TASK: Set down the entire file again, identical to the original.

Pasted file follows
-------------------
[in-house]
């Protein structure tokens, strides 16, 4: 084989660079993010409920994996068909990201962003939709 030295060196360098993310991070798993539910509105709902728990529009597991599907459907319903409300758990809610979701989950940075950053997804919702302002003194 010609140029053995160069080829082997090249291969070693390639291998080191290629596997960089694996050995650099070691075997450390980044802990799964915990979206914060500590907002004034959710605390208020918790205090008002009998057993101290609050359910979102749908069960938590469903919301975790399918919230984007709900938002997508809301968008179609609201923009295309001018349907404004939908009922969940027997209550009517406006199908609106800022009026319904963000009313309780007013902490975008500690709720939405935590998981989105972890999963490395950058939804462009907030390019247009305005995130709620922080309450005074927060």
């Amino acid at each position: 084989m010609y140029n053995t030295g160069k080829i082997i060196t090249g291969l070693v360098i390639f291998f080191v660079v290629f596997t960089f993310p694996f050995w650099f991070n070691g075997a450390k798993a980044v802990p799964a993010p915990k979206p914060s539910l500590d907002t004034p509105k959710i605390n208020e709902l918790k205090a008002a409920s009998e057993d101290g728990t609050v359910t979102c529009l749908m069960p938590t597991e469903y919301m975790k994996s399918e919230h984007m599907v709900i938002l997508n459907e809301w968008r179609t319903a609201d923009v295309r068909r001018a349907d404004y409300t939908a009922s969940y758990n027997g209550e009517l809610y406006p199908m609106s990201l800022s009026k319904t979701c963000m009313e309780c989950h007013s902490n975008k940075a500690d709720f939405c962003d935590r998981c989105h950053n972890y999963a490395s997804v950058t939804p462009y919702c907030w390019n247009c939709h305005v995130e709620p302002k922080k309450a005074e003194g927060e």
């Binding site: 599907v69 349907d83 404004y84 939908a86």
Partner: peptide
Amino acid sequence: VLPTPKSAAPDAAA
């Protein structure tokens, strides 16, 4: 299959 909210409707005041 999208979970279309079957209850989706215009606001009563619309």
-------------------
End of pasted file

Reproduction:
[in-house]
């Protein structure tokens, strides 16, 4: 084989660079993010409920994996068909990201962003939709 030295060196360098993310991070798993539910509105709902728990529009597991599907459907319903409300758990809610979701989950940075950053997804919702302002003194 010609140029053995160069080829082997090249291969070693390639291998080191290629596997960089694996050995650099070691075997450390980044802990799964915990979206914060500590907002004034959710605390208020918790205090008002009998057993101290609050359910979102749908069960938590469903919301975790399918919230984007709900938002997508809301968008179609609201923009295309001018349907404004939908009922969940027997209550009517406006199908609106800022009026319904963000009313309780007013902490975008500690709720939405935590998981989105972890999963490395950058939804462009907030390019247009305005995130709620922080309450005074927060």
């Amino acid at each position: 084989m010609y140029n053995t030295g160069k080829i082997i060196t090249g291969l070693v360098i390639f291998f080191v660079v290629f596997t960089f993310p694996f050995w650099f991070n070691g075997a450390k798993a980044v802990p799964a993010p915990k979206p914060s539910l500590d907002t004034p509105k959710i605390n208020e709902l918790k205090a008002a409920s009998e057993d101290g728990t609050v359910t979102c529009l749908m069960p938590t597991e469903y919301m975790k994996s399918e919230h984007m599907v709900i938002l997508n459907e809301w968008r179609t319903a609201d923009v295309r068909r001018a349907d404004y409300t939908a009922s969940y758990n027997g209550e009517l809610y406006p199908m609106s990201l800022s009026k319904t979701c963000m009313e309780c989950h007013s902490n975008k940075a500690d709720f939405c962003d935590r998981c989105h950053n972890y999963a490395s997804v950058t939804p462009y919702c907030w390019n247009c939709h305005v995130e709620p302002k922080k309450a005074e003194g927060e």
């Binding site: 599907v69 349907d83 404004y84 939908a86």
Partner: peptide
Amino acid sequence: VLPTPKSAAPDAAA
């Protein structure tokens, strides 16, 4: 299959 909210409707005041 999208979970279309079957209850989706215009606001009563619309």